Saturday, February 7, 2015

Fix a Broken Halter Chin Strap

One of the most frequently-broken halter parts is the chin strap, especially on those halters that have adjustable ones. Ideally you will have either a spare halter or a spare chin strap close at hand, but your spare could be a less-than-ideal fit or material. In such cases, it's possible to fashion your own replacement chin strap, or even create one in advance to keep on hand.

I like to keep old stirrup leathers around because they can be very useful as spare stirrup leathers or as neck straps. At the right width and thickness, they are also handy for halter repairs.

Step one is to remove the old chin strap. If it is in otherwise good shape, you could keep it to be repaired professionally. Fasten the throatlatch to keep everything neat and easy to visualize.

Step two is to find an appropriate stirrup leather. Something single-ply and at most 1" wide is most likely to fit through the slots.

Step three is to thread the stirrup leather through the slots and ring. Ensure that the side facing towards the horse is the same side that you would like to show on the outside of the finished chin strap (thread it wrongly and your buckle won't be able to close). You can trim off a section of stirrup leather before threading it, but err on the side of caution so that you don't end up with too short of a chin strap at the end. The stirrup leather in these photos is "rough side out", so it is threaded with the rough side facing towards the horse's chin.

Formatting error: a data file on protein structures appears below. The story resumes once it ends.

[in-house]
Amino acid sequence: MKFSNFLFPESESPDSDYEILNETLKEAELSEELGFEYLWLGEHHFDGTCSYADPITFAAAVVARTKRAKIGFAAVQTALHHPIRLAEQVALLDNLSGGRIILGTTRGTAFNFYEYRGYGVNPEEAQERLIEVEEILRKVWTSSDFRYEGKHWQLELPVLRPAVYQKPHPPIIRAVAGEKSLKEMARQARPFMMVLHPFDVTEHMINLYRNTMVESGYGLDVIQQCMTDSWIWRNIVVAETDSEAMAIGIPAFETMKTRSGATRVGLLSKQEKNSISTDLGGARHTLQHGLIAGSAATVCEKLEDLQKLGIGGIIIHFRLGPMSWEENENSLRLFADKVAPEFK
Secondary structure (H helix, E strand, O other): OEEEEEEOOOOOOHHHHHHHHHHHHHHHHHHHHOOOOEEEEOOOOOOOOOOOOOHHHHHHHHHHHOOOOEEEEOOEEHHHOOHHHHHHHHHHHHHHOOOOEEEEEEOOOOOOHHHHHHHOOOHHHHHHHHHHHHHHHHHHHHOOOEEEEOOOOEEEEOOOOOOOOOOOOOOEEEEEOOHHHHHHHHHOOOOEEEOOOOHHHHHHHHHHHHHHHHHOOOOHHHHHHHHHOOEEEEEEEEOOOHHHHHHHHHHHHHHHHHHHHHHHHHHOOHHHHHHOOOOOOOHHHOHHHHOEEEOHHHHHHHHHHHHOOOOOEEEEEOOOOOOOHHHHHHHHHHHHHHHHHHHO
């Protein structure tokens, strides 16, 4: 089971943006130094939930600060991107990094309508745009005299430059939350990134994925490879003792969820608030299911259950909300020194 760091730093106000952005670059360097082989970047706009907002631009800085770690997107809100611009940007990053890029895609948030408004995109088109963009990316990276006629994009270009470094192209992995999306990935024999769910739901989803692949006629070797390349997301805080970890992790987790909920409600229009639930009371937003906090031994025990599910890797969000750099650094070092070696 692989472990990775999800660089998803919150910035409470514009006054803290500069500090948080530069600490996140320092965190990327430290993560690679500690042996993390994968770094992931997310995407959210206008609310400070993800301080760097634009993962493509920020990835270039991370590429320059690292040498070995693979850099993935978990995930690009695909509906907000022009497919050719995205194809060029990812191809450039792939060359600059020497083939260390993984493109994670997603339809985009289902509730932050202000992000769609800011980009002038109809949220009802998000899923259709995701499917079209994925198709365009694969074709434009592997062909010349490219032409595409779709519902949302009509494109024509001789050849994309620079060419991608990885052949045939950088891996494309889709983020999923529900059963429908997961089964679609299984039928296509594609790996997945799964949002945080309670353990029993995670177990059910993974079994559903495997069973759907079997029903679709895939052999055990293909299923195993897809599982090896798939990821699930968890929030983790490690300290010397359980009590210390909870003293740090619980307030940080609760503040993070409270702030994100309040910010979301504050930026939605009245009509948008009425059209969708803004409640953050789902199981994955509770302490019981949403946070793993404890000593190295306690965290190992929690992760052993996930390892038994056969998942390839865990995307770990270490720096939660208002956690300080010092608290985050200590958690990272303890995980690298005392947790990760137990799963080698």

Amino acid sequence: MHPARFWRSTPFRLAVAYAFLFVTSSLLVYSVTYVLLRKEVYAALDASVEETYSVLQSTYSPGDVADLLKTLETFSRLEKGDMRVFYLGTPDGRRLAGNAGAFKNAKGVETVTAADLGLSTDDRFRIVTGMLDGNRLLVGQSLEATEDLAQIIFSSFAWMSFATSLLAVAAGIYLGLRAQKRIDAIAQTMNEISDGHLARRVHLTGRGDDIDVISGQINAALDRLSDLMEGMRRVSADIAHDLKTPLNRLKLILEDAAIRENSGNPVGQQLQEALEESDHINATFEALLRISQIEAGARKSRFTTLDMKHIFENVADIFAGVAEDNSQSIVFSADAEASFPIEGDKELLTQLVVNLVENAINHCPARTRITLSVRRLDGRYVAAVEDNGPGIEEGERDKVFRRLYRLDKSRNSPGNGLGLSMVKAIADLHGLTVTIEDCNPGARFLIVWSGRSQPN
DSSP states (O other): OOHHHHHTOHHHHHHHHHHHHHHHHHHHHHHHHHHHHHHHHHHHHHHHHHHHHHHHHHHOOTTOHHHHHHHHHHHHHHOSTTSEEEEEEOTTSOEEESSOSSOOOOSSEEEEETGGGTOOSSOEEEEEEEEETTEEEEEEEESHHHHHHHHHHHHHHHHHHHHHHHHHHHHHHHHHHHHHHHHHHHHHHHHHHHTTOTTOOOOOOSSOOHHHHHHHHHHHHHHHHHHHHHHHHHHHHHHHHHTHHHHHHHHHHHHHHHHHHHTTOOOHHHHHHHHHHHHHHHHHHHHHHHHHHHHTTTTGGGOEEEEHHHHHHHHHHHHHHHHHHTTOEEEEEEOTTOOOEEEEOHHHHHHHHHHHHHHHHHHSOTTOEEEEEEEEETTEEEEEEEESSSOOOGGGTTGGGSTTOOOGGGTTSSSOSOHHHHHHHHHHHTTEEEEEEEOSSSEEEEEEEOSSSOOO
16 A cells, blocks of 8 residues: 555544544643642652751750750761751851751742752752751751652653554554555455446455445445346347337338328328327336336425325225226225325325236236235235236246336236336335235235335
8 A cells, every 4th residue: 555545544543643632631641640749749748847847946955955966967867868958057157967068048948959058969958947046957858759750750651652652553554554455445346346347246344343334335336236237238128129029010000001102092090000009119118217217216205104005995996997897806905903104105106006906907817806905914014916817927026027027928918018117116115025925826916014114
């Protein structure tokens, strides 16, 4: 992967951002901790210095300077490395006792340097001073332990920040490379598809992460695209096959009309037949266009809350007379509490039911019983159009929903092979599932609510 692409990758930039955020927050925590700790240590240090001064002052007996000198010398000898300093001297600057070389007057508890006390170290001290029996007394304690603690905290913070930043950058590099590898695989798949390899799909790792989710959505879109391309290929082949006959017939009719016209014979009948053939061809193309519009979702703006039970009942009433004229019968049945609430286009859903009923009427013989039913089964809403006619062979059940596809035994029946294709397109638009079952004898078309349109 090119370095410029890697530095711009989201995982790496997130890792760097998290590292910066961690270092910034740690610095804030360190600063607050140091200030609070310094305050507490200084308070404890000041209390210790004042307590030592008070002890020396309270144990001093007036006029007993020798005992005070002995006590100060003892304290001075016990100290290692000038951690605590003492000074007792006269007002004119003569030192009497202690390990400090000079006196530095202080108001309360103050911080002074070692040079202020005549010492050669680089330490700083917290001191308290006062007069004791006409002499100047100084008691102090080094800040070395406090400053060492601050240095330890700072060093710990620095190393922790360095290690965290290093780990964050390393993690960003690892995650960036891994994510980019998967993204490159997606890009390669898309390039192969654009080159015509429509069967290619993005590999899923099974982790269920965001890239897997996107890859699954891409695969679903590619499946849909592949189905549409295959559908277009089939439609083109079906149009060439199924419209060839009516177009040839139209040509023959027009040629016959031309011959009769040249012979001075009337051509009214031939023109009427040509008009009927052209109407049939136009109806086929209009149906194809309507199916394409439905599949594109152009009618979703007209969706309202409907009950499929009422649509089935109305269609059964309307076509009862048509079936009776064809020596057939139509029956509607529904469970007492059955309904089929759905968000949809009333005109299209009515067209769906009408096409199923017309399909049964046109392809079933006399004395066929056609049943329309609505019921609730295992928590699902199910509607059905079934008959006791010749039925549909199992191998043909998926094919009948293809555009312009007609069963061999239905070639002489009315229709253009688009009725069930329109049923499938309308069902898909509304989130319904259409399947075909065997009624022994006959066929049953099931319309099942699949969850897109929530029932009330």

Before inserting the leather into the second slot, slide two sturdy braiding elastics onto the leather. These will serve as keepers later on to help the leather keep the desired shape.

After coming out of the second slot, loop the leather back onto itself and through the nearest elastic.

Take the buckle end and fold it back onto itself and through the other elastic, and then feed the longest end through the ring to meet the other end.

Slide a third braiding elastic over the non-buckle end. Put the halter on your horse carefully (you can trim off any obvious excess in advance to avoid spooking your horse) and shorten the chin strap until it's the desired length. Use the braiding elastic to mark the spot where you would like to make a hole.

Use a leather punch to make a hole in the marked location. If you plan on using the replacement chin strap for multiple horses, punch one or two holes on either side of the target hole to allow for adjustment.

Move the marker elastic onto the buckle end of the leather, and then buckle the chin strap, using the elastic as a keeper. You can trim off any excess leather an inch or so beyond the furthest hole. If you are using a stirrup leather with roller buckles such as this one, you might consider wrapping the roller in Vetrap to dampen any jingling.

1 comment:

  1. The part that always breaks is the eye on the connector between the chin and throat. Chin straps are replaceable. The connector is not.